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Didymium lenses UV and IR filtering


#1

Was: Propane story

My ophthalmologist told me that I’m developing cataracts, and I’d
certainly like to avoid making them worse. I believe Alma suggested
that infra red causes or aggravates cataracts. I had thought ultra
violet light was the problem. Is it IR only, UV only, or both
perhaps?

I’ve been using Auralens’ Aura-92 glasses while viewing enameling
through a kiln window, and when I used to use an oxy-acetylene
torch. James’ statement regarding didymium lenses caused me to check
the Auralens website:

http://www.ganoksin.com/gnkurl/115

which confirms his assertion that didymium offers no IR protection.

Regarding their Aura-92 lenses, the spectral transmission charts on
their website show that Aura-92 is a lot better than didymium, and
they claim ‘very good’ UV protection and ‘much improved’ IR
protection, but is it good enough?

Their Aura-99 lenses show vastly better UV and IR filtering, but
they block more visible light as well. Should people who do enameling
or use acetylene torches, and who are concerned about developing
cataracts use Aura-99 lenses? Something else?

Clarification of this might be helpful to a lot of Orchideans.
Thanks.

Neil A.


#2
James. Thanks for the I appreciate it. I don't want
to take any chances with my eyes. Do you have any suggestions as to
what I should be using? 

AGW-300 from Auralens http://www.ganoksin.com/gnkurl/116 is a good
filter for regular soldering unfortunately they are not
inexpensive. For a less expensive option use a shade 3 welding
filter, the drawback is it cut out a lot of the visible spectrum. For
platinum welding or soldering you need shade 5 welding filters.

James Binnion
James Binnion Metal Arts


#3
Clarification of this might be helpful to a lot of Orchideans. 

Check out the AUR 300 lenses better IR protection than the AUR 92
and still very little transmission loss in the visible spectrum.

James Binnion
James Binnion Metal Arts


#4

Thanks again James. I will order the Auralens AGW-300.

Alma


#5

Short answer is Both. However at 3000C the problem is more IR than
UV.

Kay


#6

Hi,

I very recently started using a Smith[tm] oxy/acetylene Little
Torch’ for soldering silver, gold and some small scale casting.

I was told I don’t need any uv/ir protection for using this torch
during either soldering or casting. Is this true?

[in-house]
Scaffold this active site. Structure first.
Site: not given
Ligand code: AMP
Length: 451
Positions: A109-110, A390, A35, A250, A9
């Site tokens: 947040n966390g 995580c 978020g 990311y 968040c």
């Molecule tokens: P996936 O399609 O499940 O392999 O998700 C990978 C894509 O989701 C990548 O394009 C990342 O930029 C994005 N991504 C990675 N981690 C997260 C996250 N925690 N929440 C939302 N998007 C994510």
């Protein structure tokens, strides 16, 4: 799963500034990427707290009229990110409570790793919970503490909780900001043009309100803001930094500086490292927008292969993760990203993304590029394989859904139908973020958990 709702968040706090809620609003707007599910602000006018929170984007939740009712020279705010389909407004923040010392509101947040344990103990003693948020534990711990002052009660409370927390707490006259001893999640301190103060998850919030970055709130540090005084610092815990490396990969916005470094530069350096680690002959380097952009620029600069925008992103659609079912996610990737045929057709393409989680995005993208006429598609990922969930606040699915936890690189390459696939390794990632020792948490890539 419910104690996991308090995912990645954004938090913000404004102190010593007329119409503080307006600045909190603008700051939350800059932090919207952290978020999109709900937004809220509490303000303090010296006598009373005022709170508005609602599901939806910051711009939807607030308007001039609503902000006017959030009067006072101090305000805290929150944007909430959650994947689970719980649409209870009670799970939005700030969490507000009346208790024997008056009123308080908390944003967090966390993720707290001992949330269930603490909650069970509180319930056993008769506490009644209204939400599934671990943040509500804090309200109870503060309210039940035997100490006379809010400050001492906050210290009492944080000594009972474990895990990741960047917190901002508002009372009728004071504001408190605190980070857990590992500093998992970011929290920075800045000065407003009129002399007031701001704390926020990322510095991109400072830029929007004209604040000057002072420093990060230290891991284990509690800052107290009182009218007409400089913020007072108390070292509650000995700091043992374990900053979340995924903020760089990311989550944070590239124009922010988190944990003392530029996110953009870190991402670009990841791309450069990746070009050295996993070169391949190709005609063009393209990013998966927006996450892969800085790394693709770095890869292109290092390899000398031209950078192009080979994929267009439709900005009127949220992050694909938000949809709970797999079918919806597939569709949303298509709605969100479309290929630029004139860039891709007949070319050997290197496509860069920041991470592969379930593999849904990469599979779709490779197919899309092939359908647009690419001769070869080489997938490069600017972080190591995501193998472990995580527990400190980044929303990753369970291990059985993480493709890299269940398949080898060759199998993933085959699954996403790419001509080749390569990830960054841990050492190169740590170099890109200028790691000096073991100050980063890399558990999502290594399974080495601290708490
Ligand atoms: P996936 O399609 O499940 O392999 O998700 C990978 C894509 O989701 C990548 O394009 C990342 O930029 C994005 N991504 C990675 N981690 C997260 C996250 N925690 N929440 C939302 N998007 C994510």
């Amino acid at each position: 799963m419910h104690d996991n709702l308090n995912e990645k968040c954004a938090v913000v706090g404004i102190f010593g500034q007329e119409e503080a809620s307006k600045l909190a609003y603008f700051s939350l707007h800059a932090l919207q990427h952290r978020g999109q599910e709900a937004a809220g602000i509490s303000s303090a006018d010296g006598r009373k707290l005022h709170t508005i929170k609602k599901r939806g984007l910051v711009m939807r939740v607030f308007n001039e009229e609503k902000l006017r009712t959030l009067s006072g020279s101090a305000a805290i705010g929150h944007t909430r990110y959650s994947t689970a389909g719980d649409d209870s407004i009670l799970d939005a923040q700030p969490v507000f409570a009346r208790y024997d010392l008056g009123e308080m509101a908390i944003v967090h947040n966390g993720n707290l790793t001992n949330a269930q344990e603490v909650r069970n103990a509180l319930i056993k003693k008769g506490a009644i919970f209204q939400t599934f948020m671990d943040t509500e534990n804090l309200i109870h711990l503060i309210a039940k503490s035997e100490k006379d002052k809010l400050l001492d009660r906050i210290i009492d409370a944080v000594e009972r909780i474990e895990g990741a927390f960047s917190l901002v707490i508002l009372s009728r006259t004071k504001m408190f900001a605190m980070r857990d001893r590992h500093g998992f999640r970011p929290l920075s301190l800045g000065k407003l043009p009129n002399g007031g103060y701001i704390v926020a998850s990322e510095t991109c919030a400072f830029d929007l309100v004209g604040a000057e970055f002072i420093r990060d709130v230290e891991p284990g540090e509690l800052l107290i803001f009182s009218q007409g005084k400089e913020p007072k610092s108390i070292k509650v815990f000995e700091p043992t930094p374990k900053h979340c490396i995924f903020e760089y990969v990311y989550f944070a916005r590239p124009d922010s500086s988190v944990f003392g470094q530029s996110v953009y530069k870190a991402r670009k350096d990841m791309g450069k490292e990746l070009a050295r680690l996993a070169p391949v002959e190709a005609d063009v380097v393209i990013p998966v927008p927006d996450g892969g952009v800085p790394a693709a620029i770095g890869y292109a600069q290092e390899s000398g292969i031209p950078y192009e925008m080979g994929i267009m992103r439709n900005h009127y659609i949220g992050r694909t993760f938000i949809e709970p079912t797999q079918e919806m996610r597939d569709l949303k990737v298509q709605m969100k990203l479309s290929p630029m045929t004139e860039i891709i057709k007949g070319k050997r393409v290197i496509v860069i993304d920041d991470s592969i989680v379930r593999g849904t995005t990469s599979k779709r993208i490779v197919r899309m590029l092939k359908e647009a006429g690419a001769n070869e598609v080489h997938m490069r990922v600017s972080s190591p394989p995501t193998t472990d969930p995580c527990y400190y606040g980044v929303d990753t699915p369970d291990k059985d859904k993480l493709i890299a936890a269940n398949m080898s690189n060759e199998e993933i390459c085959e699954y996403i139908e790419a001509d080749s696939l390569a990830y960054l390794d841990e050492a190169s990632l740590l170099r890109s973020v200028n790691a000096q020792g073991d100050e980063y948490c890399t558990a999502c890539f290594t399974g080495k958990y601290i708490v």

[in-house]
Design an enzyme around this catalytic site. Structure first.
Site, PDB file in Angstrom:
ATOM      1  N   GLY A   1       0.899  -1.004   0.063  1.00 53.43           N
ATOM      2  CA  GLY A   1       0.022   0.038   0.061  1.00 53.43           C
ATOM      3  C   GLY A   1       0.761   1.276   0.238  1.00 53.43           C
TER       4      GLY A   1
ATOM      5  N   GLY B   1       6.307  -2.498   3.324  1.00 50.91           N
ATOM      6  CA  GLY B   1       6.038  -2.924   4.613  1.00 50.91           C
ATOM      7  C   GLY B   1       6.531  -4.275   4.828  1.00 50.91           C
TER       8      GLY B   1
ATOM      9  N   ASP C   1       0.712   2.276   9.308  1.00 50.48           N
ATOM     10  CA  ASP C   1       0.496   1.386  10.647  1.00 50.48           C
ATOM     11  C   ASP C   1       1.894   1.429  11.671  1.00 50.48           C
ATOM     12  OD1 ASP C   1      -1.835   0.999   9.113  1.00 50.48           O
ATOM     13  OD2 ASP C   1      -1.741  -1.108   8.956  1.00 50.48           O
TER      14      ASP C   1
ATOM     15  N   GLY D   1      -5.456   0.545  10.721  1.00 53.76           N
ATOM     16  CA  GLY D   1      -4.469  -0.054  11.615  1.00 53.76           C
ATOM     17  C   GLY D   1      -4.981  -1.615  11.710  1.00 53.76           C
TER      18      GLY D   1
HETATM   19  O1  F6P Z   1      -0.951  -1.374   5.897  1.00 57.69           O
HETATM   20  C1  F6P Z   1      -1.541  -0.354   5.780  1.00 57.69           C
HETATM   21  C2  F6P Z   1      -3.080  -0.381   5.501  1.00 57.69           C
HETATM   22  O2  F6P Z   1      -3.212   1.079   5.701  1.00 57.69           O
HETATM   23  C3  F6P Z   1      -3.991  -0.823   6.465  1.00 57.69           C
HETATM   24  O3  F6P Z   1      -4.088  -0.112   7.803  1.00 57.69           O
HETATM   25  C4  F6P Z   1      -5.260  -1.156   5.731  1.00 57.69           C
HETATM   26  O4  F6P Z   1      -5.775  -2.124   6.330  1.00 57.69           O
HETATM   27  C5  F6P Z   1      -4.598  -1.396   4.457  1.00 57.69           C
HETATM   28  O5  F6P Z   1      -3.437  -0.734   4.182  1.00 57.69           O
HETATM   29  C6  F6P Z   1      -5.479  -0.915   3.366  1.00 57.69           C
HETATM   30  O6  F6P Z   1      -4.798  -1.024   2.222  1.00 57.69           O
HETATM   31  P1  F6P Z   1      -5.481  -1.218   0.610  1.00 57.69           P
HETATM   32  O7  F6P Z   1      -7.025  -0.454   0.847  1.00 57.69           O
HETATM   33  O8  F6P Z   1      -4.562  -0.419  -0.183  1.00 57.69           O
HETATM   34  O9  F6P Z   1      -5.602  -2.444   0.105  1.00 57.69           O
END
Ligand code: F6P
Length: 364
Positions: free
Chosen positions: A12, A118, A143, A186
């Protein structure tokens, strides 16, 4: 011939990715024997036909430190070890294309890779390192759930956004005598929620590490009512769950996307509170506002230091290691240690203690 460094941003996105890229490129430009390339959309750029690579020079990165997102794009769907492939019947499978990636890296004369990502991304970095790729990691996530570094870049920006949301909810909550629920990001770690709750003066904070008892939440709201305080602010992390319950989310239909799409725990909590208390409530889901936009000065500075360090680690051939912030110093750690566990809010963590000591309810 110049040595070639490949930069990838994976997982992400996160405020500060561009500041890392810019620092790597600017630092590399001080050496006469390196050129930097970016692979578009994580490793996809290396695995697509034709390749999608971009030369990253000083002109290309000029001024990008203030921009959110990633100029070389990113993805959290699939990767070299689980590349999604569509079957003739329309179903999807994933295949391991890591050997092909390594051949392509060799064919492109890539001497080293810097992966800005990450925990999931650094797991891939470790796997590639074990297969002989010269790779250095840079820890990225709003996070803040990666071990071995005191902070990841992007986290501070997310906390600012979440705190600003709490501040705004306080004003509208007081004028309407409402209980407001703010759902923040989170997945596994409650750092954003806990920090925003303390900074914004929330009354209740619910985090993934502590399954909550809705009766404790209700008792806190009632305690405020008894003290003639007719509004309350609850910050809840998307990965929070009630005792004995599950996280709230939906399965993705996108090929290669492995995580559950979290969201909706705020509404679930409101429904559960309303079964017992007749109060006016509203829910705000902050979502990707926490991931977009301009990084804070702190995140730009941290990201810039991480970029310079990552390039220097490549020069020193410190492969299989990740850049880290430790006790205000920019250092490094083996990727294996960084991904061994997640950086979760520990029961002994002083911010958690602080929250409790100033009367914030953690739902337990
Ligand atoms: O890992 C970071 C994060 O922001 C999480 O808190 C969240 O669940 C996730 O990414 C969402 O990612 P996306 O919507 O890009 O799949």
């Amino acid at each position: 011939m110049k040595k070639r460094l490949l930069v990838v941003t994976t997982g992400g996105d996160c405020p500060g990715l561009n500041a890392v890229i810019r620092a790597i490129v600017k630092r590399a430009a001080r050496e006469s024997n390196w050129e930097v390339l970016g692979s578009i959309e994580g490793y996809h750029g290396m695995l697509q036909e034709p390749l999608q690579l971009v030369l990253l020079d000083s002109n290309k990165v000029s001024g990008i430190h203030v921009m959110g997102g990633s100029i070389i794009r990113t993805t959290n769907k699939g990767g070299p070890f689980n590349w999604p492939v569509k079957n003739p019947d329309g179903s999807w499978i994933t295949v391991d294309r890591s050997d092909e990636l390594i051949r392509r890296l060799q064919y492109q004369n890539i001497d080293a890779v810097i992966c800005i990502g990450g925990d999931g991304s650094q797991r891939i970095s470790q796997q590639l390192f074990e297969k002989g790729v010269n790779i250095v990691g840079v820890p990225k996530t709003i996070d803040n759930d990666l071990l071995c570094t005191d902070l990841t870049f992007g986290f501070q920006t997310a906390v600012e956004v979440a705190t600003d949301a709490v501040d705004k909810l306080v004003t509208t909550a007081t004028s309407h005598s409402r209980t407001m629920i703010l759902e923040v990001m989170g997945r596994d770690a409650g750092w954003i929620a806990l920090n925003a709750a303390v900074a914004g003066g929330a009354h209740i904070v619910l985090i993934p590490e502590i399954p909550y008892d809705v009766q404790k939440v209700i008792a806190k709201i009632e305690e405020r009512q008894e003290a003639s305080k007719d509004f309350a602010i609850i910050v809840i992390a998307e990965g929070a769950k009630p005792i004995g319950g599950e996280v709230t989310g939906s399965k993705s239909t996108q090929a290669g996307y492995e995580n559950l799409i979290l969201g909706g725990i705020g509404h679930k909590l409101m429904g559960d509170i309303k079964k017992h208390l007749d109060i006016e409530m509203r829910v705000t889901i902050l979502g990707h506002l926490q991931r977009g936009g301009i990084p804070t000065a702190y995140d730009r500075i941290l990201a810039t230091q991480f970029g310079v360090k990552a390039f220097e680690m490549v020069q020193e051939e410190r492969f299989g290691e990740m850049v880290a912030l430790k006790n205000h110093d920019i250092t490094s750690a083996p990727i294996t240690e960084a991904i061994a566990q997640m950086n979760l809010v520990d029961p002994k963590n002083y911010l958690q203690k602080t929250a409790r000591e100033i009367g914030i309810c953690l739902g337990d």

If this is not true. Does anybody know what the lightest shade of
eye protection you could wear when performing these operations with
the Little Torch’? Especially soldering.

I’ve tried to use the dark ones before and most of the time they’re
to dark to see what is going on with tiny joints. So I mostly use my
acetylene/air torch instead.

Any insight would be appreciated.

Thanks,
Aaron


#7
AGW-300 from Auralens http://www.ganoksin.com/gnkurl/116 is a good
filter for regular soldering unfortunately they are not
inexpensive. For a less expensive option use a shade 3 welding
filter, the drawback is it cut out a lot of the visible spectrum.
For platinum welding or soldering you need shade 5 welding
filters. 

I am using Propane/oxygen and soldering and melting silver and gold.
Is this lens necessary for this? My eyes are extremely important to
me as my main business is cutting gems and I am blessed with
extremely good eye sight which makes cutting a lot easier and faster.

However I see that this same company offers a large variety of
different lenses with different properties and wonder which is best
for what I do and which is overkill. Being able to accurately
discern the color of the metal is also very important as I am fusing
Argentium and the color and appearance of when it is fusing is could
be hard to see with a shade or something to the glasses.

I see the ones James recommended are $300 or more a pair, the agw250
for example are about $100 per pair.

Are they (or a different model) plenty good for what I am doing?

John


#8

John,

A simple pair of shade 3 welding lenses will do just fine for eye
protection for your applications and are relatively inexpensive. The
drawback is that they are fairly dark green lenses (they knock out
about 70% of the visible light) and make reading color of hot metal
quite difficult which is why most jewelers don’t wear them. That
doesn’t mean we don’t need the protection thoug.

The advantage of the Aura ARU-300 lenses is that they do not filter
out as much of the visible light. The various lenses on the Aura
site have different uses, most of which are for hot glass work where
the light intensity is greater. Several of their lenses are good for
metal work as well but as you noted quite expensive.

James Binnion
James Binnion Metal Arts


#9

The basic safety standard for torch brazing and soldering (which is
what typical jewelry torch work is) is a shade 3-4 lens. If you are
working with something like platinum, you need more in the 5-6 range.
Because I live in a hot sunny place, I habitually buy my prescription
glasses with IR and UV rated lenses, anyway, so face shield I use
when I’m doing a lot of torch work pretty much soaks the rest.

Like anything like this, it’s easy to overthink this stuff. Common
sense safety, and knowing what your existing safety gear already does
takes some of the “squick” factor out of this kind of thing…

Ron Charlotte – Gainesville, FL